The great majority of the volumes listed below still remain in the collection of the SLV, testifying to an extraordinary first phase of purchasing of key illustrated books, in the years preceding the first acquisitions of other original artworks for the Melbourne collection.


NB The original MPL seal, as reproduced here from the cover of one of these early volumes, showed a group of books on a shelf, and the Latin motto Delectant domi non impediunt foris peregrinantur (“a delight at home, and no hindrance abroad”), a phrase from Cicero. This seal and motto were used from 1854 until a different motto was chosen in 1870 to reflect the expanded scope of the institution, now including the Museums and NGV.

[photo: MPL stamp from the cover of an early acquisition]

Individual Entries

Adam (R.) & others Palace of Diocletian 1764 {by 1861} SLV [IB]
Adams (E.) Polychromatic Ornament of Italy 1846 {by 1861} SLV [IB]

Bartoli Colonna Traiana (1673) {by 1861} SLV [IB]
Becker Men of Victoria 1856 {by 1861} SLV [IB]
*   British Museum: Ancient Marbles 1812-45 {1859} Loc? [IB]
*   Bunyan Pilgrim’s Progress 1840 {1857} Loc? [IB]

Campbell Vitruvius Britannicus 1715ff. {1860} SLV [IB]
Claude Lorrain (after) Liber Veritatis 1777 and 1819 {1858} SLV [IB]

Fergusson Rock Cut Temples of India 1845 {by 1861} SLV [IB]
*   Fergusson Ancient Architecture in Hindostan 1848 {by 1861} Loc? [IB]
Flaxman (after) Compositions from the Iliad of Homer 1805 {1857} SLV [IB]
Flaxman (after) Compositions from the Odyssey of Homer 1805 {1857} SLV [IB]
Flaxman (after) Compositions from the Divine Comedy of Dante 1807 {1857} SLV [IB]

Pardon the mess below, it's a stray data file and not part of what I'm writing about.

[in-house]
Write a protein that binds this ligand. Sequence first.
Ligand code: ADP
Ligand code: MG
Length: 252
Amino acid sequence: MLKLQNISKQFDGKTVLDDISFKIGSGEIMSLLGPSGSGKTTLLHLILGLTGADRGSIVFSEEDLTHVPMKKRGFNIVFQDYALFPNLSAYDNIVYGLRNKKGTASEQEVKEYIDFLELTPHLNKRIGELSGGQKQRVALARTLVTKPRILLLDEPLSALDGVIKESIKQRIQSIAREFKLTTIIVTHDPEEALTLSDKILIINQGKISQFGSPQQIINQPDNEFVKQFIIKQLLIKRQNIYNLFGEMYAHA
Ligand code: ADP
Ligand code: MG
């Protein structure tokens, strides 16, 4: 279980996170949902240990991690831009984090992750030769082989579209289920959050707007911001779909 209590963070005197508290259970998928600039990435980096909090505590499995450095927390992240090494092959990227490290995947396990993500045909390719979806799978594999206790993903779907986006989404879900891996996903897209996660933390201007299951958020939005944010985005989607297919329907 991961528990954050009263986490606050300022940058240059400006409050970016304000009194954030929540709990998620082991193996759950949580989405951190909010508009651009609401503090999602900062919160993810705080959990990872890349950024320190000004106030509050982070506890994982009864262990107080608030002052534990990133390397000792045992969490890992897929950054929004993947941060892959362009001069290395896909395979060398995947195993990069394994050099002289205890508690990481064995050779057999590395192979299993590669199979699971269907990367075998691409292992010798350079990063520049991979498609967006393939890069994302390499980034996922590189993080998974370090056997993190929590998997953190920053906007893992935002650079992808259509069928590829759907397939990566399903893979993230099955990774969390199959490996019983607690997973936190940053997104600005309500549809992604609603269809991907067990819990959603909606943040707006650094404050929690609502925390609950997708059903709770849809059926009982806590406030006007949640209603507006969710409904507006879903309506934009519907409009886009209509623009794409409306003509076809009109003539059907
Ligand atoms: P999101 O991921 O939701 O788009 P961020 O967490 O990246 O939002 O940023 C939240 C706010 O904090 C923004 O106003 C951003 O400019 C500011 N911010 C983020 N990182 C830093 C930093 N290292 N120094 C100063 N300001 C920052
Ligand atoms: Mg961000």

Flaxman (after) Compositions from Hesiod 1817 {1857} SLV [IB]
Flaxman (after) Compositions from the Tragedies of Aeschylus 1831 {1857} SLV [IB]
Flaxman (after) Compositions of the Acts of Mercy 1831 {1857} SLV [IB]
Flaxman (after) Anatomical Studies 1833 {1857} SLV [IB]

Gell Pompeiana 1832 {by 1861} SLV [IB]
Gould Birds of Australia 1848 {1856} SLV [IB]

Hogarth Illustrated (ed.Ireland) 1793-1804 {1857} SLV [IB]
Hogarth Works 1822 {1857} SLV [IB]
Humphreys & Jones (O.) Illuminated Books of the Middle Ages 1849 {1860} SLV [IB]

Jones (I.) Designs 1727 {1860} SLV [IB]
Jones (O.) Designs for mosaic and tesselated pavements 1842 {by 1861} SLV [IB]
Jones (O.) & Goury Alhambra 1842-45 {1858} SLV [IB]
Jones (O.) The Grammar of Ornament 1856 {1857} SLV [IB] 

*   Lassus & Viollet-le-Duc Notre-Dame de Paris 1856 {1859} Loc? [IB]
Lear Journals of a Landscape Painter in Southern Calabria 1852 {by 1861} SLV [IB]

Palladio Fabbriche/Terme 1785-6 {by 1861} SLV [IB]
Pugin (A.C.) & Britton Public Buildings of London 1838 {1858} SLV [IB]
Pugin (A.C.) Ornamental Timber Gables 1839 {1857} SLV [IB]
Pugin (A.W.) Contrasts 1836 {1857} SLV [IB]
Pugin (A.W.) Details of Antient Timber Houses 1836 {1857} SLV [IB]
Pugin (A.W.) Ecclesiastical Ornament & Costume 1846 {1857} SLV [IB]
Pugin (A.W.) Floriated ornament 1849 {1857} SLV [IB]

Reynolds (J.), after: Engravings 1820 {1858} SLV [IB]
Ruskin Stones of Venice 1851-53 {1857} SLV [IB]

Stanfield (after) Coast Scenery 1836 {1861} SLV [IB]

Vitruvius (trans.Wilkins) 1812 {1858} SLV [IB]

Waring Manchester Art Treasures 1858 {1858} SLV [IB]
Wilson Works (etchings by Thomas Hastings) 1825 {1858} SLV [IB]
Wood (R.) Ruins of Palmyra & Balbec 1753 & 1757 {by 1861} SLV [IB]
Worlidge Antique Gems 1768 {1858} SLV [IB]
Wyatt Industrial Arts of the Nineteenth Century 1853 {1861} SLV [IB]
Wyatt Views of the Crystal Palace 1854 {1859} SLV [IB]


For Redmond Barry’s early recommendations and purchases of books, see in particular David McVilly, “The acquisitions policy of the State Library of Victoria, 1853-1880,” La Trobe Journal no.7 (April 1971), pp.57ff. (available online); and Overell (1997).

For information on the original motto, and the revised 1870 seal (with a quote from Virgil), see https://guides.slv.vic.gov.au/slvhistory/motto (accessed 3 Feb.2021), based on the extended discussion by Brian Hubber, “Leading by example: Barry in the Library,” La Trobe Journal no.73 (Autumn 2004), pp.67-74